This is what markets do

There was a massive sell off on global stock markets last week, with markets around the world showing massive declines. In an era of continuous news coverage, this was a dream for the producers as they had something to report on. There’s nothing like a bit of panic to get people to tune in to see what’s happening. And there’s nothing like a sharply declining graph to keep people glued to the tv.

What happened?

It all started in the US. Their economy is doing very well at the moment. They are almost at full employment and tax cuts, for both companies and people, have just come into effect. The markets got spooked that the economy was being boosted by the massive corporate tax cut (it went from 35% to 21%). This caused concern that the economy would overheat and the Fed would increase interest rates to cool things down. Another factor was the increased need to borrow to offset the tax cuts and the cost of this borrowing.

Should I be worried?

You have to remember that the markets are not the economy. Markets react to news all the time, some of which has no impact on the day to day running of the companies you may be invested in but it will affect its share price. People didn’t buy less Dominos pizzas over the weekend or stopped going to Disneyland because the stock price of these companies fell.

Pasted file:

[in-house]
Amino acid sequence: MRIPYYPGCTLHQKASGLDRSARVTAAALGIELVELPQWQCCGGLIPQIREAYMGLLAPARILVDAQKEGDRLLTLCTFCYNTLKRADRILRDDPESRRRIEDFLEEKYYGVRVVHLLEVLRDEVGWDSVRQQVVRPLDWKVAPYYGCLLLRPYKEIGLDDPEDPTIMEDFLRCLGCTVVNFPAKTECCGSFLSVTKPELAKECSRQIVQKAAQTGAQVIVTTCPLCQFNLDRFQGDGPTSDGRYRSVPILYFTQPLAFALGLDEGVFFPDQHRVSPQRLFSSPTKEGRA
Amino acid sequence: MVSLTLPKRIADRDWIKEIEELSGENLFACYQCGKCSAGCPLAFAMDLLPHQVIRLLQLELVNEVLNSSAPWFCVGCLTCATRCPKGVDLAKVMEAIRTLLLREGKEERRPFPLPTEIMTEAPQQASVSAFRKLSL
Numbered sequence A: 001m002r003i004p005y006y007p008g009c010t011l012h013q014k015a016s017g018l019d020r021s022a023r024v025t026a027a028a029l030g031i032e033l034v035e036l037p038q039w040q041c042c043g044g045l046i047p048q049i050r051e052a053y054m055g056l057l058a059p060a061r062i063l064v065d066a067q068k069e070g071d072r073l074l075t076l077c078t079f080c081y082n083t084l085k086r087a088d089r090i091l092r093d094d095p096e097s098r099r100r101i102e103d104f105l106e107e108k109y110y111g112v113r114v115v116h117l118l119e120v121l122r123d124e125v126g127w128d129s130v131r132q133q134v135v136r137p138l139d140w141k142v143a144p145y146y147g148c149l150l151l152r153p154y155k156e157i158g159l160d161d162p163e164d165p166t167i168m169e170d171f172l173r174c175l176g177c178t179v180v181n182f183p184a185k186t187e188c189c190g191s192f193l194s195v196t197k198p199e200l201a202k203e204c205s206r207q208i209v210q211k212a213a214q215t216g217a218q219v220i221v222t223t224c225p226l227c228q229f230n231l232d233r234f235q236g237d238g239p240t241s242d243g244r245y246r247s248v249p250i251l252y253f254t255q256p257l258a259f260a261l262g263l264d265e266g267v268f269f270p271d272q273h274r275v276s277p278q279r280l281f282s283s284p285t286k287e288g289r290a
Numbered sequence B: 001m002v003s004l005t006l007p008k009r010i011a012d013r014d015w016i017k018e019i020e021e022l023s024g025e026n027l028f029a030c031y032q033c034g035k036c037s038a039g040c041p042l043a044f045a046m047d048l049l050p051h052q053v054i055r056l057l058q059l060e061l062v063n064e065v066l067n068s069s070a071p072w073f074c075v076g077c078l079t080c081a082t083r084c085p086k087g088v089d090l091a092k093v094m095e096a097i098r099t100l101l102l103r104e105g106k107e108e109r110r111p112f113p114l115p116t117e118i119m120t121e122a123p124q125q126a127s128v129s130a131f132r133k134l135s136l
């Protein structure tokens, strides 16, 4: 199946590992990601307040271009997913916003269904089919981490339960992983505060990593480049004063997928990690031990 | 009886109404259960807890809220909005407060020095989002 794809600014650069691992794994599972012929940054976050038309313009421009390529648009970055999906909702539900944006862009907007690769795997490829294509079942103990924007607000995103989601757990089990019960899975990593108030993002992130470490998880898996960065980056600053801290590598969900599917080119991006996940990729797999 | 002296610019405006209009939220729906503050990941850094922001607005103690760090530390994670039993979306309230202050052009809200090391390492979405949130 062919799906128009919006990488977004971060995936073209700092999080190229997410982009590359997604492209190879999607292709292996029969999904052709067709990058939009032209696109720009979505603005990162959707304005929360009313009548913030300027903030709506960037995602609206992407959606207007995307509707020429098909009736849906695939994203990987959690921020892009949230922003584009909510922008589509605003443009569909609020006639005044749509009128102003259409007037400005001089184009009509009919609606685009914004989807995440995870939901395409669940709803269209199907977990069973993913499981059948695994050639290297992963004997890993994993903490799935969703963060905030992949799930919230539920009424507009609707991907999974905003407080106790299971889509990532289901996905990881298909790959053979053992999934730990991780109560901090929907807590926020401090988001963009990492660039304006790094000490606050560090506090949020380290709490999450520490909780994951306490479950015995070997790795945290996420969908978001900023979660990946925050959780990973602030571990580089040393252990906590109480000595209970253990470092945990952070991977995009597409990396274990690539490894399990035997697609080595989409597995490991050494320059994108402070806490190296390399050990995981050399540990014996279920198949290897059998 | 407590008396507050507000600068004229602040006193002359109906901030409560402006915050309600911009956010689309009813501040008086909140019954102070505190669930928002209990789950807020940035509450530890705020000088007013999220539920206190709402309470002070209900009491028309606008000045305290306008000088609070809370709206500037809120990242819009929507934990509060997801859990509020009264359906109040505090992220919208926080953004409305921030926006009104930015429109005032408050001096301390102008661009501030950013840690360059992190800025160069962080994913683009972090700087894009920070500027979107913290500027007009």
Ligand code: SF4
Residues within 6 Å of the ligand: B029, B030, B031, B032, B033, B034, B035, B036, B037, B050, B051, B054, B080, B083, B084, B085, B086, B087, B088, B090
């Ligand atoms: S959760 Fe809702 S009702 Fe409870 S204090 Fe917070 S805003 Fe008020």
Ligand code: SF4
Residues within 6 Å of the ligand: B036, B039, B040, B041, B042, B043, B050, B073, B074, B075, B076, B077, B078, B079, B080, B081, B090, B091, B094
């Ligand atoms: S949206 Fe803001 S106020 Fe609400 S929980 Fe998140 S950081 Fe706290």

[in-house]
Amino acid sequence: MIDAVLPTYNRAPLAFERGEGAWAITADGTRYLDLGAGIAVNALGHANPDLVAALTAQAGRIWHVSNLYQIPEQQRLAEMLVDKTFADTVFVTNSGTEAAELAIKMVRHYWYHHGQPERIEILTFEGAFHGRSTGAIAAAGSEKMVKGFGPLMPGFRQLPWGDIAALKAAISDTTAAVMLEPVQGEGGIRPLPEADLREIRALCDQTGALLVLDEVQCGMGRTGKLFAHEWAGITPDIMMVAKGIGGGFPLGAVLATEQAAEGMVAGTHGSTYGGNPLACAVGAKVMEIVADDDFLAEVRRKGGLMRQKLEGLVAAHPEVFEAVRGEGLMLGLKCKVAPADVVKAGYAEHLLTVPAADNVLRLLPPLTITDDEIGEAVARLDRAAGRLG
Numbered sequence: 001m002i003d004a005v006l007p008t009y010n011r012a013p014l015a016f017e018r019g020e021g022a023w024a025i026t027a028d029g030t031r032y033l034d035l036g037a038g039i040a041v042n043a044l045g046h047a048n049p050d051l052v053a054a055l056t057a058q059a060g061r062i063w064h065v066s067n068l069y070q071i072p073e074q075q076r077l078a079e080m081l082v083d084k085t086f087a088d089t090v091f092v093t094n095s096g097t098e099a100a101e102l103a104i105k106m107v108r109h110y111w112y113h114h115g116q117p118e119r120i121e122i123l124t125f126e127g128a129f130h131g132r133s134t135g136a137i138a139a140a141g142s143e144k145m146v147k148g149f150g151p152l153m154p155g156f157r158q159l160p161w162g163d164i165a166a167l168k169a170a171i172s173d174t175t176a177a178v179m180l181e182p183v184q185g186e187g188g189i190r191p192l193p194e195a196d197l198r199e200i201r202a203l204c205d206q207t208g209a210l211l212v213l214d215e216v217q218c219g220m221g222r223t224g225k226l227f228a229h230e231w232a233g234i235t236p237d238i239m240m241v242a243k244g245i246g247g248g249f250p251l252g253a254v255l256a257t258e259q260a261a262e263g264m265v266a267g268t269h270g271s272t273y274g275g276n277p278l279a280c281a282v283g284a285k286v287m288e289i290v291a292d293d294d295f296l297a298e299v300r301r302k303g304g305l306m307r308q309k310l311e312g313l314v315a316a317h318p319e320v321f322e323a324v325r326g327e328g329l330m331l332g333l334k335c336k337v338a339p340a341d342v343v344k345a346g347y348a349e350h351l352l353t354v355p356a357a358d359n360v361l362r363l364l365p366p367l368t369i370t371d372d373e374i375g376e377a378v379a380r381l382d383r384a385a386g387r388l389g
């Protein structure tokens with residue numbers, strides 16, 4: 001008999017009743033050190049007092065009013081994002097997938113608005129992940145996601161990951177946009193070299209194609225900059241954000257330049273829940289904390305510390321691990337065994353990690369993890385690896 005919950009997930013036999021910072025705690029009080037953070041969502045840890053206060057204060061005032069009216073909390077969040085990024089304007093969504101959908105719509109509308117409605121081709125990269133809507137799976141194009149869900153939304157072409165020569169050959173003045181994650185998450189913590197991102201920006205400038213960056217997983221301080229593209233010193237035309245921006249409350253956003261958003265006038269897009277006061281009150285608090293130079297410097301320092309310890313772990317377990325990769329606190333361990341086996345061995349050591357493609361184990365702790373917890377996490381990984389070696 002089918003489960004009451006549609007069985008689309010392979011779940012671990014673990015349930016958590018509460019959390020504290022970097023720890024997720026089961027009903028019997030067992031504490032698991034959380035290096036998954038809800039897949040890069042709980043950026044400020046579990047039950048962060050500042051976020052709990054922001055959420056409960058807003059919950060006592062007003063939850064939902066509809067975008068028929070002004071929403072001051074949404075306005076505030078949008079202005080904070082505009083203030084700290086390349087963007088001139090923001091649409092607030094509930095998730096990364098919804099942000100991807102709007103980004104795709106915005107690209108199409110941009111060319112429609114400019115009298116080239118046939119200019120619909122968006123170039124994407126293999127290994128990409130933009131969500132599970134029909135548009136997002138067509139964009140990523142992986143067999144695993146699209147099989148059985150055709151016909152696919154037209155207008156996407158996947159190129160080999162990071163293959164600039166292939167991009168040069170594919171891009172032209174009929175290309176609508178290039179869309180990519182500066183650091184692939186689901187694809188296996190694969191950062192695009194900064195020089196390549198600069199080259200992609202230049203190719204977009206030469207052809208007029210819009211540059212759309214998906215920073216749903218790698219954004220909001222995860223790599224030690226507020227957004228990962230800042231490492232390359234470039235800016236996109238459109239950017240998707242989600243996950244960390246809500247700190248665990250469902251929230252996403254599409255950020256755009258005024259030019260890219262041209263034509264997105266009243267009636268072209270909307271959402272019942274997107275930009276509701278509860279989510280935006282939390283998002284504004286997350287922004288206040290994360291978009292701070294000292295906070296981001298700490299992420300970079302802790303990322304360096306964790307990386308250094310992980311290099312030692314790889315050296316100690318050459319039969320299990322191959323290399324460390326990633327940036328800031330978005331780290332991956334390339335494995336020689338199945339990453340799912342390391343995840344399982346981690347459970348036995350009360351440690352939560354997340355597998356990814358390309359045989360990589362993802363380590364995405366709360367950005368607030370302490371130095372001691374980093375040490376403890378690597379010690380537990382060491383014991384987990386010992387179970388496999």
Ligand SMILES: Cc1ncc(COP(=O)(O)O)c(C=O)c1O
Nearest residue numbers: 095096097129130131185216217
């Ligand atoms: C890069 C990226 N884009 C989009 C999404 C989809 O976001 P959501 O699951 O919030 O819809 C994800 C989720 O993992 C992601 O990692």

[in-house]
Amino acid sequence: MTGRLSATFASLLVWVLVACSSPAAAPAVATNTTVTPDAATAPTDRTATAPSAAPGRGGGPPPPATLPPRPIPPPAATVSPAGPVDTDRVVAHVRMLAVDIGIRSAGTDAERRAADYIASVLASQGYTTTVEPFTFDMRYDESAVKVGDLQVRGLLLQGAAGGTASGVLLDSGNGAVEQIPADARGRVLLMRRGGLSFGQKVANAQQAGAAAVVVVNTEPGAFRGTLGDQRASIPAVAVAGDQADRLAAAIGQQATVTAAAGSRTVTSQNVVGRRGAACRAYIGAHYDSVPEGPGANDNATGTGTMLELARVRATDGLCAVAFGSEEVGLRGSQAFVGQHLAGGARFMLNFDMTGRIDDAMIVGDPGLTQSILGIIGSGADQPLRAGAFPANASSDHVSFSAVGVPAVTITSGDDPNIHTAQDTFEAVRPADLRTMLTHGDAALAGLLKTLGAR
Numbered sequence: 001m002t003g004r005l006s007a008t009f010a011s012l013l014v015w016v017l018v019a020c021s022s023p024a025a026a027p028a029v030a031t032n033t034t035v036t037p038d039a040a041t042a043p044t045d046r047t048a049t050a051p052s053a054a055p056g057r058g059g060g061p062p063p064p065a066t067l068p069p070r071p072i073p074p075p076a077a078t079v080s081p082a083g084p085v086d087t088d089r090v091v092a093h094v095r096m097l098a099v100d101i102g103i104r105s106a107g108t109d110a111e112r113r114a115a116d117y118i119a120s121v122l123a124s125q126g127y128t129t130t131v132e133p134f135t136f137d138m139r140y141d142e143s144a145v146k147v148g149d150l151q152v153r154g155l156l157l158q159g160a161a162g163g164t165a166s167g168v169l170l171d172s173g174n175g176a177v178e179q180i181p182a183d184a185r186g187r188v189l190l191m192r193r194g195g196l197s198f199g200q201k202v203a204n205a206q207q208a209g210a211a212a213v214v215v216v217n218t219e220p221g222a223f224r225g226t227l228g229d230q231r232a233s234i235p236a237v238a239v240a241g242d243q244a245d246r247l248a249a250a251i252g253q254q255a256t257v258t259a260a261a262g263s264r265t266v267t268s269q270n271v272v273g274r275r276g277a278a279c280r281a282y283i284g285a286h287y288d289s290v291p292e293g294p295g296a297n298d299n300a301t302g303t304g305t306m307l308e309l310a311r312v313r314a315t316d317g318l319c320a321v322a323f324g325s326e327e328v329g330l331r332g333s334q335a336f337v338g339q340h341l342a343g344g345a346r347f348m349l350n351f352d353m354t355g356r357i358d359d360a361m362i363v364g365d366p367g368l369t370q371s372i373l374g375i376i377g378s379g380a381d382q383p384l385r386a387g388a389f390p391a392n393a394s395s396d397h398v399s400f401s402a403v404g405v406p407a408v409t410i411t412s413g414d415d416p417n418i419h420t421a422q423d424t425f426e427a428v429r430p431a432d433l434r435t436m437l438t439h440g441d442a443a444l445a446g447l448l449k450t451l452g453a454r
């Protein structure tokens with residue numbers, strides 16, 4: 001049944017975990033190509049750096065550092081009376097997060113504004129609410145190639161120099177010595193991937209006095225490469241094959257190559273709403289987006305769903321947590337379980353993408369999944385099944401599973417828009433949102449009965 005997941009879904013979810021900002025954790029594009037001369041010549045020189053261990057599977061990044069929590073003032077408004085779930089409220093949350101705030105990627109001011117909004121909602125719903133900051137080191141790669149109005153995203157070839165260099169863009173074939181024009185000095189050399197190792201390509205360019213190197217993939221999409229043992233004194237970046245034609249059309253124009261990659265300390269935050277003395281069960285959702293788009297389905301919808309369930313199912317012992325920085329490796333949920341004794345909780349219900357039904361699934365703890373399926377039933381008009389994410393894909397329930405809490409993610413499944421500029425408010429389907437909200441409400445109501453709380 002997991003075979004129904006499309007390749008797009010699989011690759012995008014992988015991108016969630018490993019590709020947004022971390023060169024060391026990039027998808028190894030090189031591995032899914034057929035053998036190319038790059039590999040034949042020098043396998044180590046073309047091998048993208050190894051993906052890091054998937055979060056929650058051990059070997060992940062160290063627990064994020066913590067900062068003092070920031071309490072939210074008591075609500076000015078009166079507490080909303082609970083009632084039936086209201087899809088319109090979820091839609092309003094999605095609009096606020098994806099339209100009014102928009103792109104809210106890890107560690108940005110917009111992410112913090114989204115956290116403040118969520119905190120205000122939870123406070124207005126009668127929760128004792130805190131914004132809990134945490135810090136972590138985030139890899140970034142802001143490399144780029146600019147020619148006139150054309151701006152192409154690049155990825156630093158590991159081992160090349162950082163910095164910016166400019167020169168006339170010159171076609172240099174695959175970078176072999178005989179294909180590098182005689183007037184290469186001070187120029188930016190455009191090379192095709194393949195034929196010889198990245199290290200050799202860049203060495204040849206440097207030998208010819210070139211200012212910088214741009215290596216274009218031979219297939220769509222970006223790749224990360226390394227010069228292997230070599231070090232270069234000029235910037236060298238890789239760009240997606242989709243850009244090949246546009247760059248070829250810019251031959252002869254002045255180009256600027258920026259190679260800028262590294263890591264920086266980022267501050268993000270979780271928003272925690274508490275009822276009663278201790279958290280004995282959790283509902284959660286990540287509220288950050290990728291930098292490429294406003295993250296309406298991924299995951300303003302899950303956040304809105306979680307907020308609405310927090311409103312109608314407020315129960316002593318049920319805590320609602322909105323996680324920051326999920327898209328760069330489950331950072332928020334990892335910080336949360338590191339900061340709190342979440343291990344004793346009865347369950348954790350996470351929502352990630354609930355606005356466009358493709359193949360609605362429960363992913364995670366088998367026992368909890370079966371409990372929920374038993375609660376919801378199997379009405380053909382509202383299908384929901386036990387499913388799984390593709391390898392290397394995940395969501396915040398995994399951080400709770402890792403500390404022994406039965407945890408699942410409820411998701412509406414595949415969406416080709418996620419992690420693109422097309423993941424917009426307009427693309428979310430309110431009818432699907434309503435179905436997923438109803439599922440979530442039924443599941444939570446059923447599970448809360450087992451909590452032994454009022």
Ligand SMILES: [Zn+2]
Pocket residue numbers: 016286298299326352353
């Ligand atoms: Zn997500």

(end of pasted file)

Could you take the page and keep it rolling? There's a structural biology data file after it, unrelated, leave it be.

The drop also coincided with a blackout period for companies buying back their own shares, something that historically has led to lower returns from equities.

Many commentators say that the correction seems more technical in nature, that is the market is correcting itself, and that the fundamentals for future growth are still there.

Keep an eye on your long term goal

Your investment strategy should not change at all. This is what happens in equity markets. You cannot have ups without downs. People thought Brexit would be a catastrophe, it was a blip. In 2016, people were worried about the noise coming out of China, markets recovered and growth continued. Even though Greece is 1/30th the size of Apple, in 2011, the Greek crisis had a massive negative effect on global markets. But markets recovered and the fundamentals were still strong.

These things happen in markets and they recover. They will of course be events like 2008. The key is to have have the correct investment strategy to start with; minimum 5 year investment term, know what level of risk you can afford to take and don’t worry about the ups and downs.

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